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Comic Book / Mesmo Delivery

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"We all think we’re familiar with the language of comics and that's why Mesmo Delivery is such a revelation: it uses the language in a way it hasn’t been used before."
Brian Azzarello, from his introduction

Graphic designer and animator Rafael Grampa’s (who had previously done the art for a few short comics including a Hellblazer anthology) debut graphic novel, it is insane and depraved in the best way possible. Best described as Sam Peckinpah meets The Twilight Zone.

Mesmo Delivery is a short and ambiguously eerie story about a violent confrontation at a seedy road side diner between Rufo, an ex-boxer now working as a truck driver and Forceps, a mean-spirited street fighter. Unfortunately for everyone Sangrecco, Rufo’s fellow courier who is under specific instructions to not let any one find out exactly what their cargo is, decides to intervene in the fight and it’s not pretty.

Grampa’s art and story telling is … unique, a visual style that consists of cartoony proportions with lots of fine stippling and lush brushwork that suggests a rough texture and a visceral but distorted world. His skill at form and perspective gives the comic’s fight scenes some excellent choreography.


The comic gives examples of

  • Asshole Victim: Forceps is kind of a dick, so his fate doesn't really strike any sadness in the audience.
  • Crouching Moron, Hidden Badass: You could be forgiven for mistaking Sangrecco as some lanky oddball who talks too much, but it would be a horrible mistake.
  • Cultural Translation: Forceps's name in the original Brazilian is "Tiradentes" (lit: Tooth-puller) which is both an archaic term for a dentist and more famously the name of one of the greatest Brazilian historical national heroes of all time. The reference would likely fly past the heads of non-Brazilians, so they swapped it to Forceps everywhere else.
  • Design Student's Orgasm: When Rufo gets knocked out his dream could be called one of these.
  • Diner Brawl: The plot kicks off after a nasty altercation at a truck stop.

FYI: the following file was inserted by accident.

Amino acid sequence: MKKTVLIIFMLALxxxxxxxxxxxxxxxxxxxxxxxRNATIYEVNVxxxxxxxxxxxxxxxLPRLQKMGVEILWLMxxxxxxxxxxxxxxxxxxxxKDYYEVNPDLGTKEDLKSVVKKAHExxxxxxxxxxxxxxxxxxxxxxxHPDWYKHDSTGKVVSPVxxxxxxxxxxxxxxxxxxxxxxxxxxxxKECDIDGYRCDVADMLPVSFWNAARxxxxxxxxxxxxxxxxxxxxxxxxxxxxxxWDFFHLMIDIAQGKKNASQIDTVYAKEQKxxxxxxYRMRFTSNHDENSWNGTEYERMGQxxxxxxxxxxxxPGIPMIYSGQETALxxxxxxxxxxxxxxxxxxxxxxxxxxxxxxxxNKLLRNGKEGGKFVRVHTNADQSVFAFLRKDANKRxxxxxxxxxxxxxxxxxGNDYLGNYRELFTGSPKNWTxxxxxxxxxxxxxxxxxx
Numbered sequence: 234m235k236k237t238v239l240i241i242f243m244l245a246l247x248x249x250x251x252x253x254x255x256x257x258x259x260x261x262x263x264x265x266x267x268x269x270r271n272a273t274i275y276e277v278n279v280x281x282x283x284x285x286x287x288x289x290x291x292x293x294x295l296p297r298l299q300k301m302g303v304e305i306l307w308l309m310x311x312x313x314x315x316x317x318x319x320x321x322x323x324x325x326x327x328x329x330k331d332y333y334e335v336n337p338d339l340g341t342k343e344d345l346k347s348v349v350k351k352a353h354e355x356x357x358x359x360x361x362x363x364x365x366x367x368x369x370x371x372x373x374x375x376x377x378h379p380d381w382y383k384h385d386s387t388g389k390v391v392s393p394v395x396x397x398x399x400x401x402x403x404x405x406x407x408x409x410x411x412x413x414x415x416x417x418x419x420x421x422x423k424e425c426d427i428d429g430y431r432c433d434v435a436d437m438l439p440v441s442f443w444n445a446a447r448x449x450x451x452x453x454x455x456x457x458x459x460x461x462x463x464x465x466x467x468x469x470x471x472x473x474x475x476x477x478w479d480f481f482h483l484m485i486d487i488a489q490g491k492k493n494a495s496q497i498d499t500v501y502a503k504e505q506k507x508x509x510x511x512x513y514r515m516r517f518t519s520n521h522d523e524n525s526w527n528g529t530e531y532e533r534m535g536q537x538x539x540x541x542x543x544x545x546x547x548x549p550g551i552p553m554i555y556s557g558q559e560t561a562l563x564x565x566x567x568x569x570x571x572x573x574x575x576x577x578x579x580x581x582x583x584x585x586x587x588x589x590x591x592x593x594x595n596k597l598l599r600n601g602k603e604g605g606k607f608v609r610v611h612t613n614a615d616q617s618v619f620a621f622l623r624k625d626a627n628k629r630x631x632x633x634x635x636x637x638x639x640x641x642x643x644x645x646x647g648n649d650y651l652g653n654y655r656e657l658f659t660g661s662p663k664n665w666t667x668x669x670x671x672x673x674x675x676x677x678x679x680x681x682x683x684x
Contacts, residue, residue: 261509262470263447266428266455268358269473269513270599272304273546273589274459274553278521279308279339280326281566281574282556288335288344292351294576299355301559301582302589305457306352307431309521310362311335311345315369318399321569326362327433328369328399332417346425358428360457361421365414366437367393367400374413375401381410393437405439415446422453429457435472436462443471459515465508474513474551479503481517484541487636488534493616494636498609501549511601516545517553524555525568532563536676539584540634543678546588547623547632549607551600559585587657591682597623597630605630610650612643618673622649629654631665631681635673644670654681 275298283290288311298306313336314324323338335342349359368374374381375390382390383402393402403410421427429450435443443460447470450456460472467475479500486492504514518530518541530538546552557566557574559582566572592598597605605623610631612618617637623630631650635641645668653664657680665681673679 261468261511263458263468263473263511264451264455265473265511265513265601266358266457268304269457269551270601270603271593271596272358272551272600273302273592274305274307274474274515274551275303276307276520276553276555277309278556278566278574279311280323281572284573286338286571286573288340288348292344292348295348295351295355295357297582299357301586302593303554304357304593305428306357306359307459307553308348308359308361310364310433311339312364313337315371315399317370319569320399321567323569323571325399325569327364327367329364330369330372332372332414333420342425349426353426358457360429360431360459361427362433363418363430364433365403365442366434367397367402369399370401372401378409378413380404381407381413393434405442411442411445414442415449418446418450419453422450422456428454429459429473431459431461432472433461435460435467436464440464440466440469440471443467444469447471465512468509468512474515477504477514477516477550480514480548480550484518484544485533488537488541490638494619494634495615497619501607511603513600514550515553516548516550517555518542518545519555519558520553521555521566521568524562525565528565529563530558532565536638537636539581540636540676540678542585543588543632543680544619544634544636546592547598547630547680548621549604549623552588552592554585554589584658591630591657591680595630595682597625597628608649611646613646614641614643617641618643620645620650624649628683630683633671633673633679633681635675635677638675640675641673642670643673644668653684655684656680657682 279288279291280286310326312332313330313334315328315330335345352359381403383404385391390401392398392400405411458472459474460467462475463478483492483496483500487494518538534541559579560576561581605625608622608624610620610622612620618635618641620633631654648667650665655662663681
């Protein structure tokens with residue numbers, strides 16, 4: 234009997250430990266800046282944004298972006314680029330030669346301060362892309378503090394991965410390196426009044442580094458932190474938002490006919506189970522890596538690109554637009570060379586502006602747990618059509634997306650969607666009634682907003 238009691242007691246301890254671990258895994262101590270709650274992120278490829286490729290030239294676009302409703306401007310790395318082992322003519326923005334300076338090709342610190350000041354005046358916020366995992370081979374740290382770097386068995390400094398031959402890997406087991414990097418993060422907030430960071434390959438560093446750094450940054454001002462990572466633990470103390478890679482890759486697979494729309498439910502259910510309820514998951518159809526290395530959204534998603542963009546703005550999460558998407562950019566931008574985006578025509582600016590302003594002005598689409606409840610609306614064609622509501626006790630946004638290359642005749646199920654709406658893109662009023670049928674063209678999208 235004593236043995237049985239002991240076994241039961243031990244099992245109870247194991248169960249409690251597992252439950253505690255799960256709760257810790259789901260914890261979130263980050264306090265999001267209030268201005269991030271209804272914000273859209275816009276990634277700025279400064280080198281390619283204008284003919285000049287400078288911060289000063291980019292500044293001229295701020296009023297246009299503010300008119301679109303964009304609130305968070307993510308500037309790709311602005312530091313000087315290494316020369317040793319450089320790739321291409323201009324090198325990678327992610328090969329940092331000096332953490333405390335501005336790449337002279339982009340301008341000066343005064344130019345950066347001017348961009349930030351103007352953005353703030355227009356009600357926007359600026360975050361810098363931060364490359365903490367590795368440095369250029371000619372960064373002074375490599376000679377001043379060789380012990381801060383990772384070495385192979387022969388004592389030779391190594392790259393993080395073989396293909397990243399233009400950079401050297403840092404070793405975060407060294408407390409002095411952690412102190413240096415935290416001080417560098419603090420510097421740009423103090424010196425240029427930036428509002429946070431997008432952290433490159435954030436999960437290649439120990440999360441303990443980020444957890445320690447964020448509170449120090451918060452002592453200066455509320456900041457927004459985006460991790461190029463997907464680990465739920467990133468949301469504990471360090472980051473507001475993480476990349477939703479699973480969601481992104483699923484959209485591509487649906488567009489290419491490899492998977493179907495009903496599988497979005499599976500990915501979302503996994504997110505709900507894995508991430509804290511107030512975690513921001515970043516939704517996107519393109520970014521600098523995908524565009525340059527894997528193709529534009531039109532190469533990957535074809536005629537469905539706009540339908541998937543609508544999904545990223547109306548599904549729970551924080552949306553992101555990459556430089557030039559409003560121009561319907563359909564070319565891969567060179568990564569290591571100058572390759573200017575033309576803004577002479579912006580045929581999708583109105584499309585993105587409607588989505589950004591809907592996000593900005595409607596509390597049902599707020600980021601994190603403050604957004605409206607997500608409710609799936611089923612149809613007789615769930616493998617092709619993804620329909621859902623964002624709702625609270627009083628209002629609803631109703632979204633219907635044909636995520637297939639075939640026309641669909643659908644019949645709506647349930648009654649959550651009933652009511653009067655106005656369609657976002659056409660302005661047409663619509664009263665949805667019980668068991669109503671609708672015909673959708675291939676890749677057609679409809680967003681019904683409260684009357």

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  • Drink Order: Rufo ordering a glass of milk gets him mocked by Forceps and his group.
  • Elvis Impersonator: Unusually, Sangrecco seems to be a impersonator of the younger, fit Elvis (going by Sangrecco's Lean and Mean bodytype and overall appearance).
  • Faux Affably Evil: Sangrecco is quite personable but make no mistake, the man's a lunatic.
  • Flash Back
  • Foreshadowing: When Rufo enters the diner Forceps is telling his friends about how he punched someone so hard once one of their teeth embedded itself in his hand. And when Sangrecco is talking about how he would have been a better Elvis than Elvis he says what most readers would think of as ridiculous bragging.
    Sangrecco: "He did Karate. I got that and five other styles under my hat."
  • Gorn: You better have strong stomach if you want to read this comic.
  • Greasy Spoon: the main setting.
  • Knife Nut: Sangrecco.
  • Lean and Mean: Sangrecco and Forceps to lesser extent.
  • Mad Artist: Sangrecco is obsessed with his art and quite psychotic.
  • Red Right Hand: Forceps has an artificial hand that he can detach and swap around for a massive grey fist because as a kid he went "plum crazy fer them cartoons where the fella'd blow his fist up big like a balloon"
  • Riddle for the Ages: Are Sangrecco and the titular delivery company people smugglers or something even more sinister?
  • Seinfeldian Conversation: The comic opens with Sangrecco telling Rufo he would have made better Elvis than Elvis and listing the reasons why.
  • Soundtrack Dissonance: While it's a comic, Sangrecco singing the Elvis classic "A Little Less Conversation" whilst he butchers half-a-dozen people is clearly meant to be dissonant.
  • Top-Heavy Guy: Rufo
  • The Un-Reveal: Just what is in that truck? It is strongly implied they carry human corpses.


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